Special congressional elections will take place next month to fill vacancies created by the death of Rep. John Murtha (D-PA-12) and the resignation of Rep. Neil Abercromie (D-HI-1). Republicans have excellent candidates in both districts and have decent chances to win both elections. But there are significant tactical differences in the two situations, and Republicans should not treat the districts the same.
The May 18 election in PA-12 has important long-term consequences for both parties and should be the focus of intense Republican efforts to win the seat. Sporting a Cook Partisan Voting Index of R+1 (meaning that the district’s average vote in the past two presidential elections was one percentage point better than the country as a whole), PA-12 is a classic example of an otherwise winnable Republican district that has been held for years (in this case since 1974) by a personally popular Democrat incumbent.
This special election pits Democrat Mark Critz, who had been Murtha’s district director, against Republican businessman Tim Burns, in an “insider vs. outsider” contest that is a virtual metaphor symbolizing the upcoming 2010 battle for control of Congress. Like the Massachusetts special election of Republican Scott Brown earlier this year, this election will provide significant momentum for November to whichever party is victorious. And whoever wins will also have an enormous advantage in keeping the seat in November.
Both parties will pour all the resources they can into the Pennsylvania special election. Republicans across the country should invest in their 2010 success by contributing to the Burns campaign. I myself have already done so, and I urge my readers to do the same. (Contribute here.)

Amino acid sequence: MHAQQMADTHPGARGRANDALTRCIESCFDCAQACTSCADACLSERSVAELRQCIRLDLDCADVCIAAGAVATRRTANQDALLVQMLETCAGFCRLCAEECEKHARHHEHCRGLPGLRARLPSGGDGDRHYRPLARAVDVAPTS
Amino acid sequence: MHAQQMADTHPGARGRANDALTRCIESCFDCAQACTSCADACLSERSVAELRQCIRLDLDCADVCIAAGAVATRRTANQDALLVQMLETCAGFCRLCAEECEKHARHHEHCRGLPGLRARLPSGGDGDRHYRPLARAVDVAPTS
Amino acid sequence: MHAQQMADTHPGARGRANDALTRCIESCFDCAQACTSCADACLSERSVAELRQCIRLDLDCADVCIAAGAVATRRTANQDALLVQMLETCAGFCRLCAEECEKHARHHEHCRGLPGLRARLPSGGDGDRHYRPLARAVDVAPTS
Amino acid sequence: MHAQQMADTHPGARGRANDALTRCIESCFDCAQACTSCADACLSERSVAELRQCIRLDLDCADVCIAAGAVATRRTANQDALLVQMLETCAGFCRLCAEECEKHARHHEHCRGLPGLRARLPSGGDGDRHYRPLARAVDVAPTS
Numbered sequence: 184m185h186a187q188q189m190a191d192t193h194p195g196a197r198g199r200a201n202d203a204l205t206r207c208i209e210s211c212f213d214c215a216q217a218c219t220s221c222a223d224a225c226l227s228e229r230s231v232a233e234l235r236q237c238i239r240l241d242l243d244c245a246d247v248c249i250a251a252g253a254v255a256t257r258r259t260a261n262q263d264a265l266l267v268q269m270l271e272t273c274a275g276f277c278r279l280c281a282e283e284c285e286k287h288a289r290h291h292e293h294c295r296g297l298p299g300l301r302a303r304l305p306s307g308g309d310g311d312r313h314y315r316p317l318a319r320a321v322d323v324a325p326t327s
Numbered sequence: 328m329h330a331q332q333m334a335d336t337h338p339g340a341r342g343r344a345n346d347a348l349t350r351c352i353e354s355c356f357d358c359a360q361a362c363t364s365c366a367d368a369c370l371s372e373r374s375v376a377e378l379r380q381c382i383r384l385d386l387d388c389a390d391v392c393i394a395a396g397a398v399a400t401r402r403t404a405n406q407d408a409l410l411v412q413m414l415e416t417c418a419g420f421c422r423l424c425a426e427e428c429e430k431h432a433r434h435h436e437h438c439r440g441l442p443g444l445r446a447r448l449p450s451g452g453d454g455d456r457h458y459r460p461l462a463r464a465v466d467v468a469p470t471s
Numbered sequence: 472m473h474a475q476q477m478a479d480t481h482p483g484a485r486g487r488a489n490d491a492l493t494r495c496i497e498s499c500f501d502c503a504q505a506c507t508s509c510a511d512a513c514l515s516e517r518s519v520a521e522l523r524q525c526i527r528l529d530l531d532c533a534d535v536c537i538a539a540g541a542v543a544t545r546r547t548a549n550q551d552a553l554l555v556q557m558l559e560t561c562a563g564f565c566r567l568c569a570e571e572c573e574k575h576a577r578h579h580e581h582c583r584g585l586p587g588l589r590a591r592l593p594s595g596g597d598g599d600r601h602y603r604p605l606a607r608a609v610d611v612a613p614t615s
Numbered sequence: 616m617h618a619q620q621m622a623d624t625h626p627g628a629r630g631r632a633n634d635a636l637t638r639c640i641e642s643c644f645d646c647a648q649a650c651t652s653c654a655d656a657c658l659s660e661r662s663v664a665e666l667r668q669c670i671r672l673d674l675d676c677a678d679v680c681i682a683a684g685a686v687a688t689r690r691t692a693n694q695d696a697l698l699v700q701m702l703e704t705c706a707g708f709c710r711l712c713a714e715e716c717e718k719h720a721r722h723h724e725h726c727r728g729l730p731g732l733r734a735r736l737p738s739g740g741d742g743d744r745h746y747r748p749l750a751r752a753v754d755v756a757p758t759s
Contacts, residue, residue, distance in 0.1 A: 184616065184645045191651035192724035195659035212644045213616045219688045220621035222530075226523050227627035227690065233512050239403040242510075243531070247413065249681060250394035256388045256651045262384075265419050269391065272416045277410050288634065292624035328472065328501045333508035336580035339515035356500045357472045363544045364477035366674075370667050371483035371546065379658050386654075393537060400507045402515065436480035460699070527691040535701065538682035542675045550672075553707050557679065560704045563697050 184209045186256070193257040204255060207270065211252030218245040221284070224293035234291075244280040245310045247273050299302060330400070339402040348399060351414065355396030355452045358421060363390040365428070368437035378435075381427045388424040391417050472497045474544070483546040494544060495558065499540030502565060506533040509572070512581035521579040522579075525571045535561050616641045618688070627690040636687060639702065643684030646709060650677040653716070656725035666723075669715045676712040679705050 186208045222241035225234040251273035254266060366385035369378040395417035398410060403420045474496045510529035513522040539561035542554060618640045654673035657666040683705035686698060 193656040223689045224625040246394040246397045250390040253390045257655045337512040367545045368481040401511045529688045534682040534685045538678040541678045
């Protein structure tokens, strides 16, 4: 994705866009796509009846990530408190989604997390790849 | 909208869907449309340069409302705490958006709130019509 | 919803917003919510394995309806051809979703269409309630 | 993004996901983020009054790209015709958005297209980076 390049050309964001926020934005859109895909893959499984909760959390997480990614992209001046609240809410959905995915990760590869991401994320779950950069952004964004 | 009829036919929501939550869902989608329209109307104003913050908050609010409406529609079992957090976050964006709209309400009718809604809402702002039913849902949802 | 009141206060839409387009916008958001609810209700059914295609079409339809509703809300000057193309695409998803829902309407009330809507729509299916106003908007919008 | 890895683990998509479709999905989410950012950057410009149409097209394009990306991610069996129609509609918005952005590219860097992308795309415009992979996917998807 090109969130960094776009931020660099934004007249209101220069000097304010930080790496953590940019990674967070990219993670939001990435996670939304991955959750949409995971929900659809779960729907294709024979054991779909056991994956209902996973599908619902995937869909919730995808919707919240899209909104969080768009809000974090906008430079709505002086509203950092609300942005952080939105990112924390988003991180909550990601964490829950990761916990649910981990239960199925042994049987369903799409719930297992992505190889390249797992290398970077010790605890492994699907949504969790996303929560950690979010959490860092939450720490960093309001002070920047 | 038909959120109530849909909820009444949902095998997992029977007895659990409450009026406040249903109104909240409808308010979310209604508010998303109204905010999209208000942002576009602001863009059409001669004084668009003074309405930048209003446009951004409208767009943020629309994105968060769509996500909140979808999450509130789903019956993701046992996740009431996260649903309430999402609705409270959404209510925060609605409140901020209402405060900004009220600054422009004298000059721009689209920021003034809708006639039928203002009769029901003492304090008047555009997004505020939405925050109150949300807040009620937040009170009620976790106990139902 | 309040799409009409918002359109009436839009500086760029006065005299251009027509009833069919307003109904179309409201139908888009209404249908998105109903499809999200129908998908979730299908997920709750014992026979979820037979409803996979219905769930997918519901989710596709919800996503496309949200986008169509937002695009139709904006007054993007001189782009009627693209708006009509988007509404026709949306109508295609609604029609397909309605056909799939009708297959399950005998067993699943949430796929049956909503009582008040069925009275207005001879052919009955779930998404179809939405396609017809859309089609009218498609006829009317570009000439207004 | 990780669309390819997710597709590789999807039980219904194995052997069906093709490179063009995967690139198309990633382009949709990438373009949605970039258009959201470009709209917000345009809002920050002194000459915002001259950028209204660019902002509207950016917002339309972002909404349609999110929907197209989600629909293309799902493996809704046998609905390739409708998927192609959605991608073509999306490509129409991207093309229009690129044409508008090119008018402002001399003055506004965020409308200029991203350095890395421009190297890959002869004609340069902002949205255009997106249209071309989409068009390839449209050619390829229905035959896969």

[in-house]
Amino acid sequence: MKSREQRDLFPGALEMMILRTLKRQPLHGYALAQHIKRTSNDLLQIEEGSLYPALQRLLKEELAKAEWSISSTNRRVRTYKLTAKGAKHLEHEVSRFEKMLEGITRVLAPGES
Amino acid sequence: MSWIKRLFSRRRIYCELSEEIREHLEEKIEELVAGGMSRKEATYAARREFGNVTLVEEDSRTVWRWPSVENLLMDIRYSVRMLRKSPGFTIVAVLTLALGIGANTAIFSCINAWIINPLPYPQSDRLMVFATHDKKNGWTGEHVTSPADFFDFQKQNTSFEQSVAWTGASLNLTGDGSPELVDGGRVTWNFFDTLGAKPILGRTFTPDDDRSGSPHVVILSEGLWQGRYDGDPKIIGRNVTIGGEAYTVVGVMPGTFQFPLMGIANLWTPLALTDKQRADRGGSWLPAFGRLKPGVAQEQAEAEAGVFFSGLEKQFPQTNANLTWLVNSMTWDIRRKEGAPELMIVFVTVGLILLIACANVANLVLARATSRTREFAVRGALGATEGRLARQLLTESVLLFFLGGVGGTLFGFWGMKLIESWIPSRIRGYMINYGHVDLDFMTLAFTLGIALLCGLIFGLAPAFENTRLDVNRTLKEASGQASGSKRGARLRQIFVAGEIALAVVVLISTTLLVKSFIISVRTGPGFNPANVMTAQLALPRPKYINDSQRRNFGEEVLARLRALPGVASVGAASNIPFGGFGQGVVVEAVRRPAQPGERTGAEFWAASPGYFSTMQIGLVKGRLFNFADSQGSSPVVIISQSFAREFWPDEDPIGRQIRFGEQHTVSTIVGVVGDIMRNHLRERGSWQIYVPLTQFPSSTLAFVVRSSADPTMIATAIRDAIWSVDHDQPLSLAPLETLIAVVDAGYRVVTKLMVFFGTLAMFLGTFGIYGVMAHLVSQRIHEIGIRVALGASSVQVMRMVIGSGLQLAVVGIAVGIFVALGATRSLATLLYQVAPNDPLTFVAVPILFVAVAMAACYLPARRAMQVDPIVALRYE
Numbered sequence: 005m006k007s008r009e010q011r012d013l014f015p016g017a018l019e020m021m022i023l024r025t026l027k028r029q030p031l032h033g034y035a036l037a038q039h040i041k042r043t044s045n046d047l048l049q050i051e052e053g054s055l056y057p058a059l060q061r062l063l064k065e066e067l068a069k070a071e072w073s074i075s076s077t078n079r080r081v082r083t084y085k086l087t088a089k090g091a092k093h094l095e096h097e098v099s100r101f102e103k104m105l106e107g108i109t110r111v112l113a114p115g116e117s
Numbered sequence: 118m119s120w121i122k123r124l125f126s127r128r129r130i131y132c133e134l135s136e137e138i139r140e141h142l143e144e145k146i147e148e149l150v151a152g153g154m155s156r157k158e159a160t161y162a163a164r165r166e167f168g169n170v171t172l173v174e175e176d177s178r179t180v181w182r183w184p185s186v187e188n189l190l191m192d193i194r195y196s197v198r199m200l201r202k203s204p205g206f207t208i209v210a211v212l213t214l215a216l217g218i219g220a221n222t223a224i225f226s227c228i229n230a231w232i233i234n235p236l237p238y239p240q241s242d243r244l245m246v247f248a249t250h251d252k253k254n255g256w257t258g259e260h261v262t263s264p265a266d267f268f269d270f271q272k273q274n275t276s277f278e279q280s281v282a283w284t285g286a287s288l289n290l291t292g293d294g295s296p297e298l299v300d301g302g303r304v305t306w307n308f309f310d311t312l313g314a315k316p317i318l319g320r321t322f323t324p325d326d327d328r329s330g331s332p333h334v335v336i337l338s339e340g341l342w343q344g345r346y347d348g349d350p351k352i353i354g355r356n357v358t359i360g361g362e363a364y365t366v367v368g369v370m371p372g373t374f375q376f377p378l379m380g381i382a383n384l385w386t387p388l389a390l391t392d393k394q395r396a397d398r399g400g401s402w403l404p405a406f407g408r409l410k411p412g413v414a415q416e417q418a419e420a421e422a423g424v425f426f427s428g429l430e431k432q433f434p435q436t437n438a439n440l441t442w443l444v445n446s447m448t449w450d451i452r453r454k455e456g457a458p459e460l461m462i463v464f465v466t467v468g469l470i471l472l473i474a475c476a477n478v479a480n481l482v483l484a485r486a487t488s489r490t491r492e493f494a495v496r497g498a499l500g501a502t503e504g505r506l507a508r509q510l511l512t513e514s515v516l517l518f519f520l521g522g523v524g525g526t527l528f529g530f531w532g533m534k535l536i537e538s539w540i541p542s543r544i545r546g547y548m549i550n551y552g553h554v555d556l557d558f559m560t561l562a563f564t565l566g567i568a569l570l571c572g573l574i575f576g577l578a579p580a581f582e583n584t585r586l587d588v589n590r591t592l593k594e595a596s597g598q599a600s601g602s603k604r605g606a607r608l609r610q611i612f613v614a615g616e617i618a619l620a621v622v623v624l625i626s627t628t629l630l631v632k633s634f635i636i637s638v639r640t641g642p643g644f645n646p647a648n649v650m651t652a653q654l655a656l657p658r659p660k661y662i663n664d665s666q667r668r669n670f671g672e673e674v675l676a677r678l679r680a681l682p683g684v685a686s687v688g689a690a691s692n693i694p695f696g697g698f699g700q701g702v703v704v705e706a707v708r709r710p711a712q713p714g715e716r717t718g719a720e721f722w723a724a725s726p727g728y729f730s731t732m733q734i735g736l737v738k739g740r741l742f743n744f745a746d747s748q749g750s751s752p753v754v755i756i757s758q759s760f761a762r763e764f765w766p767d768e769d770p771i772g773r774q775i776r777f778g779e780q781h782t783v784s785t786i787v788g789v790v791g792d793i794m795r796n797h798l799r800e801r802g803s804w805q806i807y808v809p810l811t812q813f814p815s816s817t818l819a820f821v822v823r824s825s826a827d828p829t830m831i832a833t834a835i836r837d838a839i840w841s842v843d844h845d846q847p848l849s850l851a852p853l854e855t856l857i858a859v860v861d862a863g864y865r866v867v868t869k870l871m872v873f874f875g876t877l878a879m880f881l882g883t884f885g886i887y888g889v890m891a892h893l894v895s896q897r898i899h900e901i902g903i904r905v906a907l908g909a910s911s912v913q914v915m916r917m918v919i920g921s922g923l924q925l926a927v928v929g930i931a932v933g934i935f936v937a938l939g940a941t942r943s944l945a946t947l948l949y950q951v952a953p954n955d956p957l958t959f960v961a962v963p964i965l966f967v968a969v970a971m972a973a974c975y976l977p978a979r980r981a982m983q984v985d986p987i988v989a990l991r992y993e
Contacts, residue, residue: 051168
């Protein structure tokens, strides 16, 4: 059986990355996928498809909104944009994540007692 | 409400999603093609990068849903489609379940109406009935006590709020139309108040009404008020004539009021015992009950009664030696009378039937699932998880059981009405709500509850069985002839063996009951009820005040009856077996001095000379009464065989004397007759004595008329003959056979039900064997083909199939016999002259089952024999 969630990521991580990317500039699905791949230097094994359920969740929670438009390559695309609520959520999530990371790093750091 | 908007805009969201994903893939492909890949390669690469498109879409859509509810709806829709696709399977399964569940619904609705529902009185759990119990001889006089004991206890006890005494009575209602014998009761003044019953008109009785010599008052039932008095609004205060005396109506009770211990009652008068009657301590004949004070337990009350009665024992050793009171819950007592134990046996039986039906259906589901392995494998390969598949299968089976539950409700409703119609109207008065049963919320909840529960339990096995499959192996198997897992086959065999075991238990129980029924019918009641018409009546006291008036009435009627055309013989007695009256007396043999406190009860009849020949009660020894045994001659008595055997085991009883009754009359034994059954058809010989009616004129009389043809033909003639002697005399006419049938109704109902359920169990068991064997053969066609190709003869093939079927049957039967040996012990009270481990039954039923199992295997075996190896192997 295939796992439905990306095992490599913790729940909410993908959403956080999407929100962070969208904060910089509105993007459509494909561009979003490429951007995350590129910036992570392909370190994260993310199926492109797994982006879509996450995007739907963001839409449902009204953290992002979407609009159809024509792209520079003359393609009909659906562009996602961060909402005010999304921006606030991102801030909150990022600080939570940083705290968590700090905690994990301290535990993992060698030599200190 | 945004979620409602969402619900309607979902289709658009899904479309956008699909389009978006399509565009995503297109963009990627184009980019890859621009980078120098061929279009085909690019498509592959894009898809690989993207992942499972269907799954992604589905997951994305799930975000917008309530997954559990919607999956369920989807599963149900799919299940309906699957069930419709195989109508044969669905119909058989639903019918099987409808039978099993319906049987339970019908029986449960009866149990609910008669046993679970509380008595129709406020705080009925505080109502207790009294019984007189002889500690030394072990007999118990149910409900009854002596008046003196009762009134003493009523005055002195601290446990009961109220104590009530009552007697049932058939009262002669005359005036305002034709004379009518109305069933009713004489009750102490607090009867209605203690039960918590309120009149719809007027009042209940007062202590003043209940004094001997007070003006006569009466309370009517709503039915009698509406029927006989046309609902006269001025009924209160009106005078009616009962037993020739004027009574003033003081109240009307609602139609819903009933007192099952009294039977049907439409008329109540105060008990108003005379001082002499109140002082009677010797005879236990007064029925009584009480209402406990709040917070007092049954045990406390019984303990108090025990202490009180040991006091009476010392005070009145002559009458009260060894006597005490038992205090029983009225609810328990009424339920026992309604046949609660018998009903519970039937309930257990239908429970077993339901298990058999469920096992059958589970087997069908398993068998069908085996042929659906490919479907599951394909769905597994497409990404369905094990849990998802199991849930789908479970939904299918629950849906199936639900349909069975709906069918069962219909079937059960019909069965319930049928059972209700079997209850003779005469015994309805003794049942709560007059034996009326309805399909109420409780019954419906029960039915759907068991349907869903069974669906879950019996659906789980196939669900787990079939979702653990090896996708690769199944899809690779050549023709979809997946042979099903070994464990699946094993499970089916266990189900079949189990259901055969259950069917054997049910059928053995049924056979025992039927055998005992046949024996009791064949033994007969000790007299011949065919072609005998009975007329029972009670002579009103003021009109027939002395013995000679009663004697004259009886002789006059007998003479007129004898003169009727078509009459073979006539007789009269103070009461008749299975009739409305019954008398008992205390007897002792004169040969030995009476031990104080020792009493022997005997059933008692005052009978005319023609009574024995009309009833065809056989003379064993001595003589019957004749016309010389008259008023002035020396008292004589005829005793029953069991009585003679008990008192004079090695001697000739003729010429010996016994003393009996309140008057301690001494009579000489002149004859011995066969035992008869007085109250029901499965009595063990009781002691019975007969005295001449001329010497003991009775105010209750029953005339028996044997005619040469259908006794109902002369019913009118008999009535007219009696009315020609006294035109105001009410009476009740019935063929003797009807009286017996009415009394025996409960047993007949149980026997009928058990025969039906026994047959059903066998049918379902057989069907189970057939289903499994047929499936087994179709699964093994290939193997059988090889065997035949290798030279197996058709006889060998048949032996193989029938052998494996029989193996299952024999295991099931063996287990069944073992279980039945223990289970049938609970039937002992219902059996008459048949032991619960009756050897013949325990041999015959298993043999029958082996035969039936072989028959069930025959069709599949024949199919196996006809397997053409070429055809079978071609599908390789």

The Hawaii special election four days later is a different story. While Republican candidate Charles Djou is well qualified with a demonstrated history of electoral success (an elected member of the Honolulu city council and former minority leader in the state house of representatives), a Djou win in the special election would probably have only short-term significance. The district is solidly Democratic, with a Cook Partisan Voting Index of D+11, a full 13 percentage points worse than the Pennsylvania district. No current Republican congressman represents a district more Democratic than D+7. The only reason this seat is even in play is a quirky Hawaiian election law that pits all candidates from all parties together in a single “jungle” election decided by mere plurality. There are two major Democratic candidates splitting the Democrat vote nearly evenly, while Djou has Republican votes pretty much to himself. The latest Daily Kos Research 2000 poll gives Djou just 32% of the likely vote, which nevertheless is good enough to give him a 4-point lead over Democrat Ed Case, who is running just one point ahead of fellow Democrat Connie Hanabusa. Come November, however, a traditional election pitting the winner of a Democratic primary against the winner of a Republican primary will take place, an election that even an incumbent Republican Djou would have difficulty winning.
While a Djou win in the special could give congressional Republicans better chances of winning close House votes that have eluded them this session, Djou’s chances of being part of the Republican takeover of the House in November are slim. While Djou’s D+11 district is not as inhospitable as Massachusetts (D+12), typically higher Democrat turnout in general elections would make Djou’s reelection more challenging than Scott Brown’s feat in a special.
So, while Republicans and conservative independents should wish Djou the best and rout sincerely for his success next month, their money and effort are better spent in Pennsylvania.